Shoppers had two opinions on Han Chong’s debut fashion collection for Self-Portrait when he first showed it in 2013. It wasn’t the clothes – which already looked like the lacy, flattering designs for which it is now known – but their prices. They were considered too affordable.
“At the time, there were no contemporary awards,” says Chong, 43, sitting in the glass-walled conference room at Self-Portrait’s new offices in east London, a stone’s throw from where he launched the brand almost nine years ago.
Chong stuck to his prices, against the advice of retailers, after spotting a gap in the market for high-quality women’s clothing that costs less than traditional luxury brands. Its aim was to target a wide audience and reasonable prices were its keystone. “All my friends couldn’t afford the luxury, but they didn’t want high-end quality… so I believed in it. I was super focused. Selfridges agreed to sell the brand at Chong’s suggested prices – and all inventory was sold in the first week.
Today, Chong leads a team of 80 across offices in the UK, Hong Kong and mainland China, and has a dedicated global clientele who rely on him for his protean, refined and decidedly feminine designs: modest openwork lace dresses with skin-nude cuts, sparkly pieces, ribbed dresses in sculpting silhouettes, preppy knit jackets and skirts, ranging from £120 to £650. “Han’s clothes stretch and they move, they were made for real bodies,” says stylist Kate Young, who has dressed stars like Selena Gomez and Dakota Johnson in self-portrait.
Born and raised in Penang, Malaysia, Chong studied at a local design school and worked with a designer in Kuala Lumpur before taking a look overseas. In 2005 he graduated from Central Saint Martins in London with a degree in womenswear design before cutting his teeth at high street retailers; he then co-founded Three Floor, where he served as creative director for two years before leaving to launch his own brand. (Three Floor, which held a similar price tag and feminine aesthetic to Self-Portrait, closed in 2021.)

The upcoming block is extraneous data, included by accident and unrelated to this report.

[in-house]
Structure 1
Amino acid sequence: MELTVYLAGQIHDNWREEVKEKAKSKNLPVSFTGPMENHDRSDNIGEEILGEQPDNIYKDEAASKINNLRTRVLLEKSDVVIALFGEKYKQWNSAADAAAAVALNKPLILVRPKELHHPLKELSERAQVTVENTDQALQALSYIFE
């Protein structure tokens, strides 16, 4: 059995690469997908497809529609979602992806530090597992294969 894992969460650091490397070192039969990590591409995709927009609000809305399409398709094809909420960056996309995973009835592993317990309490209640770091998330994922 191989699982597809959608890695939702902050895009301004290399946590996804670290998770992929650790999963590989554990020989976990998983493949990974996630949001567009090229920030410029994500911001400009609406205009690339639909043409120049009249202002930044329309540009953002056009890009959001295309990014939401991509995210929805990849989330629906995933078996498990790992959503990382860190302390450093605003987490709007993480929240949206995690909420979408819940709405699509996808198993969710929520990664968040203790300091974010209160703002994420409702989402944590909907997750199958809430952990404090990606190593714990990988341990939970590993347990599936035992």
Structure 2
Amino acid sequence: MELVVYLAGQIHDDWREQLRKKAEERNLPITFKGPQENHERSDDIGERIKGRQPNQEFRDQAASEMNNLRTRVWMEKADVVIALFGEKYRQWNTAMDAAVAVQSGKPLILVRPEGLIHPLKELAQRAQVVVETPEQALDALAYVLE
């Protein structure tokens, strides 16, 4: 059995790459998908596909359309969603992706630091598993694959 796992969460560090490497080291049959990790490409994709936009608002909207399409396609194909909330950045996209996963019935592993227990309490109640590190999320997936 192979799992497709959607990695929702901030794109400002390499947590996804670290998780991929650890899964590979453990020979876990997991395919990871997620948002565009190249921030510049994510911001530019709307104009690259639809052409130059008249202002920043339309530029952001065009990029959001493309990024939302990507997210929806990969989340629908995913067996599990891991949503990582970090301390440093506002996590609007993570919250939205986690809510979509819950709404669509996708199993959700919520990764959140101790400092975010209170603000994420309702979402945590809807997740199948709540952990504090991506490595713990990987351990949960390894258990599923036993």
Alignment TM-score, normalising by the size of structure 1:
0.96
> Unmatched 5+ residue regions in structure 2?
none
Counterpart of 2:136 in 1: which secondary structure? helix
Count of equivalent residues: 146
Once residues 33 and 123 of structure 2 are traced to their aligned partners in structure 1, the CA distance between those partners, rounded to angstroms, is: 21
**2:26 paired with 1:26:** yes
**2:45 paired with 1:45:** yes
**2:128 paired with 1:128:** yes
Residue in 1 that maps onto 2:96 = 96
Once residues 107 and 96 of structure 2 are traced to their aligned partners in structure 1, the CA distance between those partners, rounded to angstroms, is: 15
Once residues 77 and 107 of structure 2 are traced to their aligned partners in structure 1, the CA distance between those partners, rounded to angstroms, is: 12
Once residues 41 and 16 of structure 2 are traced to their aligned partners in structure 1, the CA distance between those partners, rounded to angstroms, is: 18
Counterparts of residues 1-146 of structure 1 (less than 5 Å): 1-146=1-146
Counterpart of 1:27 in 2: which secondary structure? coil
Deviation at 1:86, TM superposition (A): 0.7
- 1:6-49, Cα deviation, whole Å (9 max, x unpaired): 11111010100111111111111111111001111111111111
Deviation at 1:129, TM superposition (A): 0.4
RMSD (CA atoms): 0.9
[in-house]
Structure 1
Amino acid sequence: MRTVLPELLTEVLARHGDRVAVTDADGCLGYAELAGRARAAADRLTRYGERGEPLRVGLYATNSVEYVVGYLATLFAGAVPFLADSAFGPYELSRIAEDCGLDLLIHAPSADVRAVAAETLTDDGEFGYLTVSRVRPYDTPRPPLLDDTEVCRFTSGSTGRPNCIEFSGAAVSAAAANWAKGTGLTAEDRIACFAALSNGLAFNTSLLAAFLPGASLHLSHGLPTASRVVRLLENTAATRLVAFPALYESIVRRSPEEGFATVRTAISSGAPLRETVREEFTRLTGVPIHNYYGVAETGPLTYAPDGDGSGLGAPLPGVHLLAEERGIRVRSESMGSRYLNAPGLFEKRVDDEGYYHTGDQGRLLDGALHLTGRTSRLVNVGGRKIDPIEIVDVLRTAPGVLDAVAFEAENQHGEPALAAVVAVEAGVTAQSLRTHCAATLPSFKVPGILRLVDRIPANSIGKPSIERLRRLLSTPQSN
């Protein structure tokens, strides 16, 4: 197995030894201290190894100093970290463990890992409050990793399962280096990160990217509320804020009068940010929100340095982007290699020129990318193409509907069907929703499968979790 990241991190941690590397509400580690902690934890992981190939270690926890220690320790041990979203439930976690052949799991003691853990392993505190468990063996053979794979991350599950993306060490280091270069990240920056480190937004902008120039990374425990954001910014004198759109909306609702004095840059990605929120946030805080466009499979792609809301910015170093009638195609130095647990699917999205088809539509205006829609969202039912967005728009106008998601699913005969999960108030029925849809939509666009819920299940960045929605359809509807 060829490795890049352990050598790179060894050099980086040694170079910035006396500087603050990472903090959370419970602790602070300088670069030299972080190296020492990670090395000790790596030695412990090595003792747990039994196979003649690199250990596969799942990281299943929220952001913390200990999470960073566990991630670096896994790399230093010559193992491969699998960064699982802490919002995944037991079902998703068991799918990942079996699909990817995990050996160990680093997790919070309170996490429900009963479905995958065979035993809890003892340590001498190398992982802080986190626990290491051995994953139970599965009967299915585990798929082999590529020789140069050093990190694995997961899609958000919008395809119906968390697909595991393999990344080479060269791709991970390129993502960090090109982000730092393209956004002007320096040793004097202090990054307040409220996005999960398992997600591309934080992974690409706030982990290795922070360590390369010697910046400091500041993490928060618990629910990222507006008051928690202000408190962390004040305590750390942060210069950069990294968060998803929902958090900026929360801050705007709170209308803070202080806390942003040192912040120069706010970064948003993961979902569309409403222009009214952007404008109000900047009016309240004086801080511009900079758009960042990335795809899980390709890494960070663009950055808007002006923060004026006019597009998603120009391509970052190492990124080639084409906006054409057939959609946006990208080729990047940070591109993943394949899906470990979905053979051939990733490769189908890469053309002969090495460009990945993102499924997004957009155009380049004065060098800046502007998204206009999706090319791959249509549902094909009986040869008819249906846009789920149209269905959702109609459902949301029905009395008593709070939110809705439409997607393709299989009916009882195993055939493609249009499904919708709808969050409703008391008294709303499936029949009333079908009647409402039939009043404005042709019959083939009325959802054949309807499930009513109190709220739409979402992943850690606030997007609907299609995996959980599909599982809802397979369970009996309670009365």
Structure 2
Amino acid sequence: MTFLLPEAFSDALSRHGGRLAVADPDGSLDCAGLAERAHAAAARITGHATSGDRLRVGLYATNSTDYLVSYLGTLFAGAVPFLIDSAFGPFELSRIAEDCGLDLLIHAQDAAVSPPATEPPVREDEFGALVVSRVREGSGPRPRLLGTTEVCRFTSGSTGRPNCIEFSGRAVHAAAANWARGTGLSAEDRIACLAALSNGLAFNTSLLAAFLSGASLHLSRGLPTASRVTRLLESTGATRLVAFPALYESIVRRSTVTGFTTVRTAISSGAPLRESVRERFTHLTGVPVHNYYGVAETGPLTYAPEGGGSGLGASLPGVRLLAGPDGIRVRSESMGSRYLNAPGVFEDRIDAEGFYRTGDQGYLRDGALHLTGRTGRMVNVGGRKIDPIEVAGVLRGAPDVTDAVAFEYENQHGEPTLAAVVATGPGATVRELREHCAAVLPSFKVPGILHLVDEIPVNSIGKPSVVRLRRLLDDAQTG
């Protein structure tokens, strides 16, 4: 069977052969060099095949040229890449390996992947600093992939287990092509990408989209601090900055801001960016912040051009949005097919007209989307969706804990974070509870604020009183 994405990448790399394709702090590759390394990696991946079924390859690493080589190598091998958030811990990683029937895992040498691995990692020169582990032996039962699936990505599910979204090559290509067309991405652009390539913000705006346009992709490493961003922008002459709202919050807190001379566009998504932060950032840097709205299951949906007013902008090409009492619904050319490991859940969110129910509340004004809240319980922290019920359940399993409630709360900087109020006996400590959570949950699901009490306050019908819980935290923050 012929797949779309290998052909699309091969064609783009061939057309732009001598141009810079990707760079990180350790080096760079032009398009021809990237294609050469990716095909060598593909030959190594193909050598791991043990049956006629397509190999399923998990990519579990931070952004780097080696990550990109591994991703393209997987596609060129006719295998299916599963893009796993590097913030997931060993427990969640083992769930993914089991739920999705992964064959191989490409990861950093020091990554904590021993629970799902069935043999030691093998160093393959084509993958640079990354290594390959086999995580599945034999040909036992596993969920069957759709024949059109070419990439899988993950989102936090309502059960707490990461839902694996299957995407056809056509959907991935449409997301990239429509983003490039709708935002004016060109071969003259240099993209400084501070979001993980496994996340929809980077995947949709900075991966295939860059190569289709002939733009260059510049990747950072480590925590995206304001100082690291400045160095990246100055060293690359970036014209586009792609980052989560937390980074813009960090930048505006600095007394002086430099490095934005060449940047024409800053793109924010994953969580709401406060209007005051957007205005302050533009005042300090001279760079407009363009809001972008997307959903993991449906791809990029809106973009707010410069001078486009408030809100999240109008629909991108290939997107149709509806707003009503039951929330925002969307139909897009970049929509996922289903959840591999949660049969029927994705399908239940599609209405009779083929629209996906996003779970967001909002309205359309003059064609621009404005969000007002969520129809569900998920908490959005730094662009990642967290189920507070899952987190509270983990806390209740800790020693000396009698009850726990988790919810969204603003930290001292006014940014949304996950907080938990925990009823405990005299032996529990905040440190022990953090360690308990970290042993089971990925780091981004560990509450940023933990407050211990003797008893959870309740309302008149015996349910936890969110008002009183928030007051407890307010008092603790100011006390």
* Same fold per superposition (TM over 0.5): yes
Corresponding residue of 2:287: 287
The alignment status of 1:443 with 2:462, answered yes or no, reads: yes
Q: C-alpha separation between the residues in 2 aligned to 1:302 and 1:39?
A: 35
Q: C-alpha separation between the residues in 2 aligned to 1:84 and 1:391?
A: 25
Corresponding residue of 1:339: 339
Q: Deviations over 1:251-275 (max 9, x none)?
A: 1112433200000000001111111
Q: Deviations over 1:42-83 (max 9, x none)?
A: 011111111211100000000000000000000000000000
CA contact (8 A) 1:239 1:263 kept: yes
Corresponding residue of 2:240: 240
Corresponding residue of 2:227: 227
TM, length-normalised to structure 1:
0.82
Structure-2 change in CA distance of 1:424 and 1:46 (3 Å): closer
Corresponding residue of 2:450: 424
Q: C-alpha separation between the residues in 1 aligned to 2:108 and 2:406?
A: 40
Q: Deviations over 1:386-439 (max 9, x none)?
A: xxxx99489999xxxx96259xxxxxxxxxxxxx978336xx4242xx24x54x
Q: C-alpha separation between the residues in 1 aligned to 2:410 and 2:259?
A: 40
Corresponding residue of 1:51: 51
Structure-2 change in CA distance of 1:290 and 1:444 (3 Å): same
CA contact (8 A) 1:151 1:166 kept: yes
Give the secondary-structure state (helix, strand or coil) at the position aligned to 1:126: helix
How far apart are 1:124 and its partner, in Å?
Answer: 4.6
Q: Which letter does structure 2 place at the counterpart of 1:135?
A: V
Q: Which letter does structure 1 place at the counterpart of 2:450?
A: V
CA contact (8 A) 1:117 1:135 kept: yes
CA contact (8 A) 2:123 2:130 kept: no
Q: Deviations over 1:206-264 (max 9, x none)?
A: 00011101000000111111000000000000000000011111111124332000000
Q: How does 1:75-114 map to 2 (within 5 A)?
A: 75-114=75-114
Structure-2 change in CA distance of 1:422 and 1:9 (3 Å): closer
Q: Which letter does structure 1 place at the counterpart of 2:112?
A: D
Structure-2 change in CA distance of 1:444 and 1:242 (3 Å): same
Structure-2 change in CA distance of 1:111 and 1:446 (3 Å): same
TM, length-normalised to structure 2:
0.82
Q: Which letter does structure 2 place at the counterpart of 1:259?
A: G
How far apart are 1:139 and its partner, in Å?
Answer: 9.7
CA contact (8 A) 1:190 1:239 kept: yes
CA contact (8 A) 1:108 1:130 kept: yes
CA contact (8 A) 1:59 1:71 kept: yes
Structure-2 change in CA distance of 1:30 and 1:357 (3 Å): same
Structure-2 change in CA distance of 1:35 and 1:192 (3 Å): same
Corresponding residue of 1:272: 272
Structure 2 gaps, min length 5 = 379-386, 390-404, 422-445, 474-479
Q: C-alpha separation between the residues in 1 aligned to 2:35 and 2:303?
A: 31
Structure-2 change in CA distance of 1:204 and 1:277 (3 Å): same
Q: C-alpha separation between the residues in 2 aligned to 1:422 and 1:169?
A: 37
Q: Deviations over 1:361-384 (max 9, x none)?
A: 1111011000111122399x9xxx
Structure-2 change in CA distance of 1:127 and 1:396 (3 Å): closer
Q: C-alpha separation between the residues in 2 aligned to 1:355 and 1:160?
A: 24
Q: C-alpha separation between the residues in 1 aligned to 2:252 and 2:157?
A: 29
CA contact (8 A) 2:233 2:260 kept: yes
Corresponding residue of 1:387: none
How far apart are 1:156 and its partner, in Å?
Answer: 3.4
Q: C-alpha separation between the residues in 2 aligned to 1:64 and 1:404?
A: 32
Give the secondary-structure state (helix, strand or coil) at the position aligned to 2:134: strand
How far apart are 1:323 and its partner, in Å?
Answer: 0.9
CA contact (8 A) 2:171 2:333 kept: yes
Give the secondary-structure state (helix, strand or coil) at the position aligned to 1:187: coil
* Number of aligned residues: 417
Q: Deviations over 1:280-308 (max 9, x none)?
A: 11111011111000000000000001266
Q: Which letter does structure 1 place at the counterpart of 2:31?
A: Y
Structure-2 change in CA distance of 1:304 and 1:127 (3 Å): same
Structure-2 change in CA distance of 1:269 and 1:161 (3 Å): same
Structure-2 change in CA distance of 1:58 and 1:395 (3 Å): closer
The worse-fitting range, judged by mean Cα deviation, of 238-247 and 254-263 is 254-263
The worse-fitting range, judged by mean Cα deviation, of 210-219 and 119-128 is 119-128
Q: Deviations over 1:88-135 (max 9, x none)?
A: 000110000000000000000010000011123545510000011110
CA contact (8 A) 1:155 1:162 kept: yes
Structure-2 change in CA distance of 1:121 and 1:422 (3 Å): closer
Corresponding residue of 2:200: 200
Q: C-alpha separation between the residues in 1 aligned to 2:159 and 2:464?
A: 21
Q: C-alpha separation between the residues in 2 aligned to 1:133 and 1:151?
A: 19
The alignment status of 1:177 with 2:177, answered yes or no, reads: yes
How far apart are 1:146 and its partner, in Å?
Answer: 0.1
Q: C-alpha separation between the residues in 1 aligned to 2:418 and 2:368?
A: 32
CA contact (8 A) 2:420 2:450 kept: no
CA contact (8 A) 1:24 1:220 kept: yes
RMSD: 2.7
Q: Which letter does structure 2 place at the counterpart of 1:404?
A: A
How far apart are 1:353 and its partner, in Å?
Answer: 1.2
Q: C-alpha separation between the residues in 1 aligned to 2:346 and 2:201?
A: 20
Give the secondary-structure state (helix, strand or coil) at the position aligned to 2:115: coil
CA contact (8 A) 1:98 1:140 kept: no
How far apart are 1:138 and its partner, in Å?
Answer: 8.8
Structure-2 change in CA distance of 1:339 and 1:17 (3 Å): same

According to Chong, he started Self-Portrait “without business experience”, or “rules of what was right or wrong”. He credits his success not just to his ideal price tag, but his unrelenting focus on establishing a signature look. In 2015, he debuted his best-selling Azaelea dress — a spaghetti-strap, lace-panelled number that graced red carpets and sold 100,000 units to date — in 2015. Subsequent similar lace styles helped ” train” people to recognize the silhouette of the brand. Every time Self-Portrait entered a new category (be it children’s clothing or bags), he made sure his designs were on the same page. “In this digital world, information is so accessible that the things you post have to have a point of view.”
This perspective appeals to women of all styles, including British makeup artist Isamaya Ffrench, who worked on Self-Portrait’s AW21 campaign featuring Bridgerton star Phoebe Dynevor. “Han is in a class of his own when it comes to designing luxurious, beautifully crafted clothing that is accessible to a much wider audience,” says Ffrench, who poses alongside the designer while filming. HTSI, with musician and multimedia artist Rosey Chan and actress Sabrina Elba. “He really has an amazing eye for trimming and giving women the silhouettes they want to feel sexy.”
Although known for second-hand clothes rather than loungewear, Chong’s business grew as other brands battled the pandemic; sales for 2022 have already increased by 250% compared to 2021 and 350% compared to 2020. When the closures forced the closure of stores in the United Kingdom, Chong was already in the process of focusing on China, creating a 30 million Rmb (about $4.5 million) joint venture with local group Ellassay; the country is now Self-Portrait’s largest market and has expanded by 40 stores in two years. As European cities reopened and small weddings became de rigueur, the brand sped up a wedding capsule for small ceremonies and laid-back brides. Self-Portrait has now become the “go-to for weddings…whether it’s the contemporary bride or the guest opting for an easy-to-wear dress,” says Libby Page, Market Editor at Net-A-Porter.